About circular streamline half-bodies, Paul Jaray demonstrated his 'pumpkinseed' body, which morphed from semicircular-to-rectangular and back to accommodate passengers and luggage.
An aerospace equivalence is Willi Messerschmitt's famous WW-II, Me 262. Take a gander at the 'square ' bottom of the fuselage transition fore and aft of the low mono-wing.
We can do whatever we want with a body cross-section as long as we respect sectional density, not introducing pressure spikes along the contour.
If I've made incorrect comments, correct me. I'm still a student. I'll take my licks.
The authorities are all the folks who've researched and published since the 1700s. And we're admonished by Hucho to know all of this vast body of work. to draw upon.
Again, aircraft wings operate in two-dimensional flow. They operate within 'flight conditions' above Earth's turbulent boundary layer.
Automobiles operate on the sea-floor of the Troposphere, submerged inside Earth's turbulent boundary layer.
Aeronautical engineers get automotive stuff wrong all the time. One of our members Chris, has a Ph.D., in 'high-speed aerodynamics' (supersonic flight ) aeronautical engineering in Dallas. When it came time to talk automotive aerodynamics to his North Texas Renewable Energy Group, he had me come and do the lecture and power-point. He recognized the divergence the two disciplines had taken many decades ago.
I'll maintain my comment about airfoils. No apologies.
Paul Jaray's 'kombination-form' car had an 'airfoil' roof form. Cribbed from the Zeppelin airship control cars he designed.
Hucho recommends streamline half-bodies, not 'airfoils.' 'Conjoined wingtips' would be acceptable, as they would be streamlined half-bodies.
'Misleading and unhelpful' 'misconclusions' takes effect when it's successfully argued. I've been waiting since 1974.( I'm forbidden to discuss the potential source of such notions )
I'll offer a 'your welcome' in advance of your revelation that airfoils will be of little value.
My dander doesn't get 'up'. I'm just most comfortable with facts. Abraham Lincoln told me that I'm expected to open my big mouth and throw caution flags on the field when I witness potential aerodynamic mischief.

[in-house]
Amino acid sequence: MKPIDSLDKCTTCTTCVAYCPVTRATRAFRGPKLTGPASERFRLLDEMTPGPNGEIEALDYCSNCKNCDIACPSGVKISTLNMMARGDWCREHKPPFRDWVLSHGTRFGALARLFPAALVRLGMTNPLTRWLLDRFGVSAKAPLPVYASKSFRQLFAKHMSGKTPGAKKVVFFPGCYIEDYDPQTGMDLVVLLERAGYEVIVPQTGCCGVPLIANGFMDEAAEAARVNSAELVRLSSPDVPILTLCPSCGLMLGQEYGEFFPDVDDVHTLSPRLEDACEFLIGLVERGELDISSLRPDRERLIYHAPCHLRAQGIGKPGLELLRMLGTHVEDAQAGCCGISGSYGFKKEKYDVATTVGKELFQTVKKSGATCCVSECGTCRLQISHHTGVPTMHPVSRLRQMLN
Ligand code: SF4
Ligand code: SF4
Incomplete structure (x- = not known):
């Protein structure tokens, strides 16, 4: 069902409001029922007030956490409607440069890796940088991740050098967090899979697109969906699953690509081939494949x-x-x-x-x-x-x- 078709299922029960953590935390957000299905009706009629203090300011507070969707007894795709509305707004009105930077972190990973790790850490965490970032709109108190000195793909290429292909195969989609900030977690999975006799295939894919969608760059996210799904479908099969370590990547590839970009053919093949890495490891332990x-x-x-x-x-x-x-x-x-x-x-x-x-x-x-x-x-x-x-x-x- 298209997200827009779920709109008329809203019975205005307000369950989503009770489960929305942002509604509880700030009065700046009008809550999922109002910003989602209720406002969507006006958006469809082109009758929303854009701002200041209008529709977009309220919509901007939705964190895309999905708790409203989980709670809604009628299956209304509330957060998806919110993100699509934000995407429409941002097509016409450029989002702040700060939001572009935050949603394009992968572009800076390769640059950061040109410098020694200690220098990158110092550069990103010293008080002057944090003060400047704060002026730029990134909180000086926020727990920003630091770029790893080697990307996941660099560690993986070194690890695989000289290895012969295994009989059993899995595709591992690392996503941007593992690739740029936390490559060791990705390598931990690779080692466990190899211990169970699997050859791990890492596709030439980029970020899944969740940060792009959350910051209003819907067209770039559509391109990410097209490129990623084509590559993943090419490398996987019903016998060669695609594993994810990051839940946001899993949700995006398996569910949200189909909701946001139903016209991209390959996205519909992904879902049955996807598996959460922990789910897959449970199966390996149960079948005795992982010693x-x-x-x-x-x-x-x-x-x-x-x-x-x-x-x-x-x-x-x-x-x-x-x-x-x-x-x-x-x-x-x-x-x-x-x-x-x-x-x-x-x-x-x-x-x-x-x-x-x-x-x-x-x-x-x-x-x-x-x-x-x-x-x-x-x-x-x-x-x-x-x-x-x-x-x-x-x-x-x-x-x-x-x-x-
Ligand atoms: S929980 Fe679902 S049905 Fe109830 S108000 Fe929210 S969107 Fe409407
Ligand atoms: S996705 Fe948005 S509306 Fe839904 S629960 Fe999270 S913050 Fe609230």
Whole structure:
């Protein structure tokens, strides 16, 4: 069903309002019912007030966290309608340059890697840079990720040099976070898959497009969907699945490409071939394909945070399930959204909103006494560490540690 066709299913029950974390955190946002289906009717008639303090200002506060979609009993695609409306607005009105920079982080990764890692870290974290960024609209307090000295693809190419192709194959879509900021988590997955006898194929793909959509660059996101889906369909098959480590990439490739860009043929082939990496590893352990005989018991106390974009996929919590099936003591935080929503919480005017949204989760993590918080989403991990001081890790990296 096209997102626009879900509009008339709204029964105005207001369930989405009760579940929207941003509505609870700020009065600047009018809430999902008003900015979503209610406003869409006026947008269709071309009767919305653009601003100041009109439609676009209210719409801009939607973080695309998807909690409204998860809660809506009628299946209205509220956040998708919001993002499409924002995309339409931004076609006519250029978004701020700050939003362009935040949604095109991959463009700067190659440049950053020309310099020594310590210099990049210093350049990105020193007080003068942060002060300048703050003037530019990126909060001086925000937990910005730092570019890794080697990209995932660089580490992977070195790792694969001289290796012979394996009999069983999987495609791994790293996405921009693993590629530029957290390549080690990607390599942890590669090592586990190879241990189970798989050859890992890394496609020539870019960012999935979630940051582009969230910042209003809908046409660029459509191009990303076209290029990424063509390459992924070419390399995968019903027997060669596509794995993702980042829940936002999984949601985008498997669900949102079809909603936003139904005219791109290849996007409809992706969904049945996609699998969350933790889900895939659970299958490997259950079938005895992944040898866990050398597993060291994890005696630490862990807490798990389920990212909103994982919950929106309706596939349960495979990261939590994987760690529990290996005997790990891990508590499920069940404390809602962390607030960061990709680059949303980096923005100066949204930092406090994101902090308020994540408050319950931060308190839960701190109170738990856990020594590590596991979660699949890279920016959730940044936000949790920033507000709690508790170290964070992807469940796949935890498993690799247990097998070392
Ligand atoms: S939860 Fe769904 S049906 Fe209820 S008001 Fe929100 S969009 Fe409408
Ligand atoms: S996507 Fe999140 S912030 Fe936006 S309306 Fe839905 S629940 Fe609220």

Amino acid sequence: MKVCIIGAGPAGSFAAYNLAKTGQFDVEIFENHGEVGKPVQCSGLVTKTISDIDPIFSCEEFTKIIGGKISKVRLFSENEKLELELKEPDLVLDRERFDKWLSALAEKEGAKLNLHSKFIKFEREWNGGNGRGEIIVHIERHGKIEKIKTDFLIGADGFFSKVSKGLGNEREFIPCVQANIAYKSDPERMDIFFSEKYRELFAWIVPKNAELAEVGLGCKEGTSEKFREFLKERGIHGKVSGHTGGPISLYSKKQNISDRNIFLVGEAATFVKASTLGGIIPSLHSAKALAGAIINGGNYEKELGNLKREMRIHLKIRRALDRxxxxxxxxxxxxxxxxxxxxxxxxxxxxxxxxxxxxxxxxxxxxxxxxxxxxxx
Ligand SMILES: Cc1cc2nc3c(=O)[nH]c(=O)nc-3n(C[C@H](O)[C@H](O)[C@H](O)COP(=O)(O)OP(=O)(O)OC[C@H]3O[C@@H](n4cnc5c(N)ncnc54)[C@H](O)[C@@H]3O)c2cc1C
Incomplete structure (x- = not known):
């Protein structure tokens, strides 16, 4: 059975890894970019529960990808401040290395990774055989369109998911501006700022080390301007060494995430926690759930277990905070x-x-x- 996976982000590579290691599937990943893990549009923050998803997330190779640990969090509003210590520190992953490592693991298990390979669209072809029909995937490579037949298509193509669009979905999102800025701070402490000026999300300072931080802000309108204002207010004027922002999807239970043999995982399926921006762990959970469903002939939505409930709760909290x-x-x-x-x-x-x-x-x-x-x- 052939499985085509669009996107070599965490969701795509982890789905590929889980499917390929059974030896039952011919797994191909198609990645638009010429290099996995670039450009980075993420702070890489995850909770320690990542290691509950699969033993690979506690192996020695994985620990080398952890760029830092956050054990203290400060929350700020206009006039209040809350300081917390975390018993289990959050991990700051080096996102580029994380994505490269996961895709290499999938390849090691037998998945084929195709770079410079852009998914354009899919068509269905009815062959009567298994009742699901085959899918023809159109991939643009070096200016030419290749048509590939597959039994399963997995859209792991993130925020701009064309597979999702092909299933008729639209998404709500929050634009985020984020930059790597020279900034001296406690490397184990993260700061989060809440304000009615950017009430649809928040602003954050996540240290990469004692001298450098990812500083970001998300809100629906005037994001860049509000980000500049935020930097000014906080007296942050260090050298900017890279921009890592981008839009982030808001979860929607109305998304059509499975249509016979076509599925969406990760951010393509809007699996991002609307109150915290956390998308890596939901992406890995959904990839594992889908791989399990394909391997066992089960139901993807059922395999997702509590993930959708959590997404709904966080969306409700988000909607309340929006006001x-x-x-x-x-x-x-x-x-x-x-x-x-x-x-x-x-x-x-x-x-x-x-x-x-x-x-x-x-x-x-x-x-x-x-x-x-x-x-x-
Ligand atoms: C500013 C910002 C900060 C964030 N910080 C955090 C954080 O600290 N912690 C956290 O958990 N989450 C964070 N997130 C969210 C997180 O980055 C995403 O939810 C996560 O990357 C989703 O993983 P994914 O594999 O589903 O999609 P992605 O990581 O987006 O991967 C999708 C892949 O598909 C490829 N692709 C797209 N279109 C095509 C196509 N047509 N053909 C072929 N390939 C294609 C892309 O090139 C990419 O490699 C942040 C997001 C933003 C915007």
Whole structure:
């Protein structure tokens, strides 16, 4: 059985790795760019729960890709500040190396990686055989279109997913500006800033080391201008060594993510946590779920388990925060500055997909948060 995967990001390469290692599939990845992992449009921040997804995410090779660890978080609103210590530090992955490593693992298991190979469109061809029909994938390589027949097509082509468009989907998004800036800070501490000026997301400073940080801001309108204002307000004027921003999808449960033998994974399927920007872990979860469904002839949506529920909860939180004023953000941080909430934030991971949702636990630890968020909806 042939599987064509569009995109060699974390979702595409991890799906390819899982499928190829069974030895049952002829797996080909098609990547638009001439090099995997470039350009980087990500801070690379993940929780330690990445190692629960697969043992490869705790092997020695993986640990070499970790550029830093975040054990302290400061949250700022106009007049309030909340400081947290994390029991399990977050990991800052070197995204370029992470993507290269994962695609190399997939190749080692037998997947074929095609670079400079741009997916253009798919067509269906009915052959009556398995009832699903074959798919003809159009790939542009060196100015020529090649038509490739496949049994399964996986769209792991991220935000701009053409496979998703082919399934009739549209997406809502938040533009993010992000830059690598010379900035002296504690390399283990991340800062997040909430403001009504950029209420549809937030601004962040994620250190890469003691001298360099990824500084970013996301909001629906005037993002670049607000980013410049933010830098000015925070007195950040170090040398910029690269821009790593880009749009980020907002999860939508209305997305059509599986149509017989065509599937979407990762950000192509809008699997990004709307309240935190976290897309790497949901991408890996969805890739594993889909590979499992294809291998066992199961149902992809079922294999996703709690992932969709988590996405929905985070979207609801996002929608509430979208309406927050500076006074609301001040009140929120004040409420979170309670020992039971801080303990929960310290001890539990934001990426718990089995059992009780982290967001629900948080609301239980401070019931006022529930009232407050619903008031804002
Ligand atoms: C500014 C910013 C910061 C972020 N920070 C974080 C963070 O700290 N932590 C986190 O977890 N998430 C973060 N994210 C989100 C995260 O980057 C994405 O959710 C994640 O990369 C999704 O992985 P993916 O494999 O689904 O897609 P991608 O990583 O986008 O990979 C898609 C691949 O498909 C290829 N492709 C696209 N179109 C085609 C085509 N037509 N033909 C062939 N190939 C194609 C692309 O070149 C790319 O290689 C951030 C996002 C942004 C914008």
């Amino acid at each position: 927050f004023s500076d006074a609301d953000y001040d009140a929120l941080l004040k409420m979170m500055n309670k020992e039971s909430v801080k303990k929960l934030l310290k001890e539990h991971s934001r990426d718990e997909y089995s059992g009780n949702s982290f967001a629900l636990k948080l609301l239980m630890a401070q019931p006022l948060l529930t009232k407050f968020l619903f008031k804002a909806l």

Any criticism from me is made within the context of potentially saving members up to 400 man-hours of wasted time on a modification which might ultimately end up in the landfill unless 'corrected' in the design stage.
------------------------------------------------------------------------------------
2) I'm completely okay using 'front' in an all-encompassing context. And everyone will be on the same page from the get-go.
And something about mods and testing. Consider having all the mods you're going to test taped over except one. Like 'tear-offs' on the windshield of an Indycar.
Have all your pressure taps in place. All your lines run. Datalogger hooked up.
Do your back-to-back run, then tear off a cover and go again, repeating until you've captured all your data. Weather can change during testing and this will narrow that window, aiding data reduction afterwards.
I did this at the wind tunnel. We could capture data every 7-minutes, until the entire suite of modifications were bagged. Lots of cardboard and duct tape.
------------------------------------------------------------------------------------
3) Perhaps a thermistor could send a variable signal to the analog input gate of a A to D converter, with an MPGUINO 'looking' for a preset threshold to 'trigger' your active cooling elements through an output gate, automatically controlling the devices as you focus on driving.
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4) I couldn't link to your address, I'll try for Thursday and keep going.
Hucho admonished that we gain a command of all material, from the 'vast' body of empirical science since day one. So yes, some of my material is older than dirt, however, it sets the foundational basis for everything that follows as what Hucho refers to as the 'ground rules for fluid mechanics.'
We're supposed to know all of this.
And I respectfully disagree that any leaps and bounds have been made since 1922. 1910 for Eiffel. 1860s Lillianthal Brothers describe the essentials for modern aviation. Pierre Julienne flew the first longitudinally-asymmetrical streamline body of revolution in the 1700s. How old are 257-mph peregrine falcons?
We had the technological means for Cd 0.09 in 1986.
Modern testing must be taken within the context of cheating out any drag reduction which can be had from cars that should never make it to production. We're still dominated by Paris Dressmakers.
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5) What I'm going to test would cost many hundreds of thousands of dollars to make OEM quality, like someone would be comfortable with. You don't want to invest that until the aerodynamics are 'proven.'
So the tunnel allows me to investigate the shape, maybe modify in situ. Without endangering the public in traffic. I already have a blockage-ratio calibration model rom Toyota's full-scale tunnel to sort out my numbers. I'll be done in two hours. All I'll have are numbers from that tunnel and what other calibration cars measured at that tunnel and two others. It is what it is.
If you can keep Champrius away from hills and really curvy roads, and out of hybrid assist, the onboard display may be accurate enough to see a showing for the mods, especially if you've got a bunch ganged on.